The Hay diet is a food combining diet created by Dr William Hay in the early 1900’s. It is based on the idea that the body can not cope with proteins and carbohydrates at the same time because of the way they are digested. This came from the belief that the human body is used to eating only one type of food at time and that the combining of food is a modern habit that are ancestors never did.
The hay diet states that the things wrong with modern eating habits are
This can be remidied by the hay diet because it
It also has some other more outrageous claims from the reduction of stress to the reports of previously stubborn medical conditions that have unexpectedly responded to correct food combining.
You should eat 60% fresh fruits and vegetables, as much as possible in their raw state. The remaining foods should be protiens or starches that shouldn’t be eaten together and should be left at least 3-4 hours apart.
Hay Diet: Reasons for
Hay Diet: Reasons against
Hay Diet: Verdict
The Hay diet is the earliest version in a long list of food combining diets if there was any basis to these diets or they did halve of what they claimed then everyone would have heard about it. The Hay diet is not the panacea of all ills as is claimed but the overall diet is reasonably healthy (if however hard to follow) and should help you lose weight.
What can you eat on the Hay diet?
Below is a quick list of what can and can’t be mixed while following the Hay diet.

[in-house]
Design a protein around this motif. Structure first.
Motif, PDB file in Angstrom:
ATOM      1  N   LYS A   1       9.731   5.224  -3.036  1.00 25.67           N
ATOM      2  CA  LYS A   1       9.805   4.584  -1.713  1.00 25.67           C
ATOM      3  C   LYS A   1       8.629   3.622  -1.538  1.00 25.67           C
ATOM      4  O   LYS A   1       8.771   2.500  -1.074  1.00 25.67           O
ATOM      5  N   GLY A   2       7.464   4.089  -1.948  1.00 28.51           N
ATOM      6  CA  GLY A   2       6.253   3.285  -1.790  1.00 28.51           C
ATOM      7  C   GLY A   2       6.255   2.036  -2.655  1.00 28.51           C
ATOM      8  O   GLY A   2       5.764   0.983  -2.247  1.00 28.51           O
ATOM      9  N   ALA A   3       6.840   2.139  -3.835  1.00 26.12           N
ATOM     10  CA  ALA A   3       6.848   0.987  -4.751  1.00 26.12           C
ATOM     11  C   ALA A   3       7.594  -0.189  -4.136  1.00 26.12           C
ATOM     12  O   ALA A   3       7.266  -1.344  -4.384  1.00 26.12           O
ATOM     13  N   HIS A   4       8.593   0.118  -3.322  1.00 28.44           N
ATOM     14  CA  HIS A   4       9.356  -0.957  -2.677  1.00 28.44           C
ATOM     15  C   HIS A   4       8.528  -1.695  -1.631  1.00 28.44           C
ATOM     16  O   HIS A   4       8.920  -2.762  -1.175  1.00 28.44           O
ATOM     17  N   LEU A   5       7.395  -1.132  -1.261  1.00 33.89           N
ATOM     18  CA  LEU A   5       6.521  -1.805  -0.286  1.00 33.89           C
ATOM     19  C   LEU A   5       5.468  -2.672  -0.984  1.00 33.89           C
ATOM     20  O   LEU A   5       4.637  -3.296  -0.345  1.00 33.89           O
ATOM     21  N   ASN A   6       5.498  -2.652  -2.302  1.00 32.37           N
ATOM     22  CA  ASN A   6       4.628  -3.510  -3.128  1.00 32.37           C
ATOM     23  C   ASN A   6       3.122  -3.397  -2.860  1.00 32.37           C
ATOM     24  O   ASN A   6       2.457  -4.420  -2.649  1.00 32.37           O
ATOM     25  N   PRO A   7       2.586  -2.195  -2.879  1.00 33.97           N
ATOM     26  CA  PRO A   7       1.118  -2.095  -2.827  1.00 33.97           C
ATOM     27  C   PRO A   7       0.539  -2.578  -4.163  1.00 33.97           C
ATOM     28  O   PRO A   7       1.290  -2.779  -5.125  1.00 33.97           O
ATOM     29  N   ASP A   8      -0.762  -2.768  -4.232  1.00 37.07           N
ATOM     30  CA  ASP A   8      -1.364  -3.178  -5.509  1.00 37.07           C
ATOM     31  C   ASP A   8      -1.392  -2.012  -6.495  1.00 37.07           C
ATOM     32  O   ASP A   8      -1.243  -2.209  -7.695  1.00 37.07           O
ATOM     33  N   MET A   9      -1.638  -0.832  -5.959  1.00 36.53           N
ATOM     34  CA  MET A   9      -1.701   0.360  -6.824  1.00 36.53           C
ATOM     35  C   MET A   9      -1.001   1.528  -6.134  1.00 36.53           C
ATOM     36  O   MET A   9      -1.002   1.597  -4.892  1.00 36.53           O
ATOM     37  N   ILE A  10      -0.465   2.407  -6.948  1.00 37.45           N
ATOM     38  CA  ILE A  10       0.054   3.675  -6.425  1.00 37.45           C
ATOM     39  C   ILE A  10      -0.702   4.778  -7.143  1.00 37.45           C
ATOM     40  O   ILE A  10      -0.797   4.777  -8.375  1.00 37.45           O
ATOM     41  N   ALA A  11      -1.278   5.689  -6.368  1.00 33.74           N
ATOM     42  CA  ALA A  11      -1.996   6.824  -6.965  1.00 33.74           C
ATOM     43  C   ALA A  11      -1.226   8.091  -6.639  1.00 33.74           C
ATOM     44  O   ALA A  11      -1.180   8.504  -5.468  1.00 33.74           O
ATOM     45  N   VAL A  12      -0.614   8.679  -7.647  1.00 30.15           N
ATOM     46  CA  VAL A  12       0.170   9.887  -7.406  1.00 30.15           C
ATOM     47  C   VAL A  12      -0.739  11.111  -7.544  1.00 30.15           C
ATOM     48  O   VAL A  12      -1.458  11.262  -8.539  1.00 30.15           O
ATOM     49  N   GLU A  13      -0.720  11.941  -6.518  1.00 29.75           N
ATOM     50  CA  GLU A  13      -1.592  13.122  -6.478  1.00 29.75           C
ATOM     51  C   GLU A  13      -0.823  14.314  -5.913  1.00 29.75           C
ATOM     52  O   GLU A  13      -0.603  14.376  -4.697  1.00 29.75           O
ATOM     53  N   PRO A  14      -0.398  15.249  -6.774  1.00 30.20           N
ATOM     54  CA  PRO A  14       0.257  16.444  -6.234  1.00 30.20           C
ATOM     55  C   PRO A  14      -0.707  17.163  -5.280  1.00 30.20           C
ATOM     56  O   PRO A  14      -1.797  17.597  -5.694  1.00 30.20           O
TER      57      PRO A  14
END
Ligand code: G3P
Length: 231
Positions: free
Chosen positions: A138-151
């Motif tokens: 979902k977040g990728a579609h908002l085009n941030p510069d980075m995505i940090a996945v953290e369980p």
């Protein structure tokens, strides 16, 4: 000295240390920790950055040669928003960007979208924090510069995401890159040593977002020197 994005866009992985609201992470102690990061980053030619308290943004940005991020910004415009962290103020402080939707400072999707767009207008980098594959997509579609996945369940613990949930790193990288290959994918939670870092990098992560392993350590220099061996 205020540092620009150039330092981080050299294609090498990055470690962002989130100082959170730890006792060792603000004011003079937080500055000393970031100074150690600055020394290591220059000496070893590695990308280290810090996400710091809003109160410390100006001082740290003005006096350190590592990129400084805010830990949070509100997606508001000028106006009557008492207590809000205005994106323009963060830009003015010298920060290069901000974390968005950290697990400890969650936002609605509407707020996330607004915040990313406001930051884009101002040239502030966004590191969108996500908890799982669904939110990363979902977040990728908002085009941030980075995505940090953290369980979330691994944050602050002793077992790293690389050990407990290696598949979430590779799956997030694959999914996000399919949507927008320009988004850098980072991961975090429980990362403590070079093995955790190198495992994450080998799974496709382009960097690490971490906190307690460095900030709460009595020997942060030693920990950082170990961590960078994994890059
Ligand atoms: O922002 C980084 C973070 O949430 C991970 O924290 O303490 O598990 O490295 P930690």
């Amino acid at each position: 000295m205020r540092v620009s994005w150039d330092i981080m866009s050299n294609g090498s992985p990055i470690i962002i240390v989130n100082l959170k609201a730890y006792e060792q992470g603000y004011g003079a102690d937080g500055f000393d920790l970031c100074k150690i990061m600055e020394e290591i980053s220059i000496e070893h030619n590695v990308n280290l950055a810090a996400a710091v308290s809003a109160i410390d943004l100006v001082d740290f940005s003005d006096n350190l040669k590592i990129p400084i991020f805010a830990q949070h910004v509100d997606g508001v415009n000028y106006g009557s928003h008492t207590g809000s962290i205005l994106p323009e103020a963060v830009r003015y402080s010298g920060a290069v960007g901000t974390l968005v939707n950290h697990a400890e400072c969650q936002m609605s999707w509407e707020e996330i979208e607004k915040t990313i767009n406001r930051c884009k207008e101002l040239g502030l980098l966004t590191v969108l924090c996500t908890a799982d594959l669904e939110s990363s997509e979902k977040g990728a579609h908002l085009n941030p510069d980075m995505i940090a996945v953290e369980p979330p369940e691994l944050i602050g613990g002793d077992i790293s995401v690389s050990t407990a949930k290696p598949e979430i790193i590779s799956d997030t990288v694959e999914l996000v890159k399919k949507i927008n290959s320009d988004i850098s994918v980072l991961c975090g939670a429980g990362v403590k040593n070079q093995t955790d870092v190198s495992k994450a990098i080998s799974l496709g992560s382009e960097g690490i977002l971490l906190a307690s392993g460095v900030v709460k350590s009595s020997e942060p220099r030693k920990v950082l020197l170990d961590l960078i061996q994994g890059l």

Anything in the protein list can be mixed with the contents of the neutral list. The neutral list can also be eaten with anything in the starch list. However it is very important that when following the Hay diet you do not mix the foods which fight (proteins with starches).
|Shellfish||All salads||All grains|
|Rabbit||Fats And Oils(inc cream and margerine)||Crackers|
|Soya beans (and all soya products)||Pulses||Pastry|
|Milk (use only in beverages)|
Below is a Quick reference Chart to show how well a small selection of foods mix
|Fresh Fruit||Melon||Dried fruit||Cooked Veg||Raw Veg & Salad||Grains||Nuts||Potatoes||Fats||Pulses||Meat,Fish, Cheese, Eggs Soya|
|Fresh Fruit||Very good||Not Good||Good||Good||Good||Not Good||In Mod||Not Rec||Not Rec||Not Good||Not Good|
|Melon||Not Good||Good||Not Good||Not Good||Not Good||Not Good||Not Good||Not Good||Not Good||Not Good||Not Good|
|Dried fruit||Good||Not Good||Good||In Mod||In Mod||Not Good||In Mod||Not Good||In Mod||Not Good||Not Good|
|Cooked Veg||Good||Not Good||In Mod||Very good||Good||Good||In Mod||Good||Good||Good in Mod||Good|
|Raw Veg & Salad||Good||Not Good||In Mod||Good||Very good||Good||In Mod||Good||Good||Good in Mod||Good|
|Grains||Not Good||Not Good||Not Good||Good||Good||Good||In Mod||Good||Good||Not Good||Never|
|Nuts||In Mod||Not Good||In Mod||In Mod||In Mod||In Mod||Good||In Mod||Not Good||Not Good||In Mod|
|Potatoes||Not Rec||Not Good||Not Good||Good||Good||Good||In Mod||Good||Good||Not Good||Never|
|Fats||Not Rec||Not Good||In Mod||Good||Good||Good||Not Good||Good||Good||Not Good||In Mod|
|Pulses||Not Good||Not Good||Not Good||Good in Mod||Good in Mod||Not Good||Not Good||Not Good||Not Good||Good||Not Good|
|Meat,Fish, Cheese, Eggs Soya||Not Good||Not Good||Not Good||Good||Good||Never||Not Good||Never||In Mod||Not Good||Good|
The Hay Diet Made Easy
The Hay Diet Made Easy – A Practical Guide to Food Combining
Souvenir Press Ltd
Paperback – March 1997
Explains the principles of food combining, suggests meals and menus, explains how to migrate to the Hay diet, and offers advice on food-related ailments.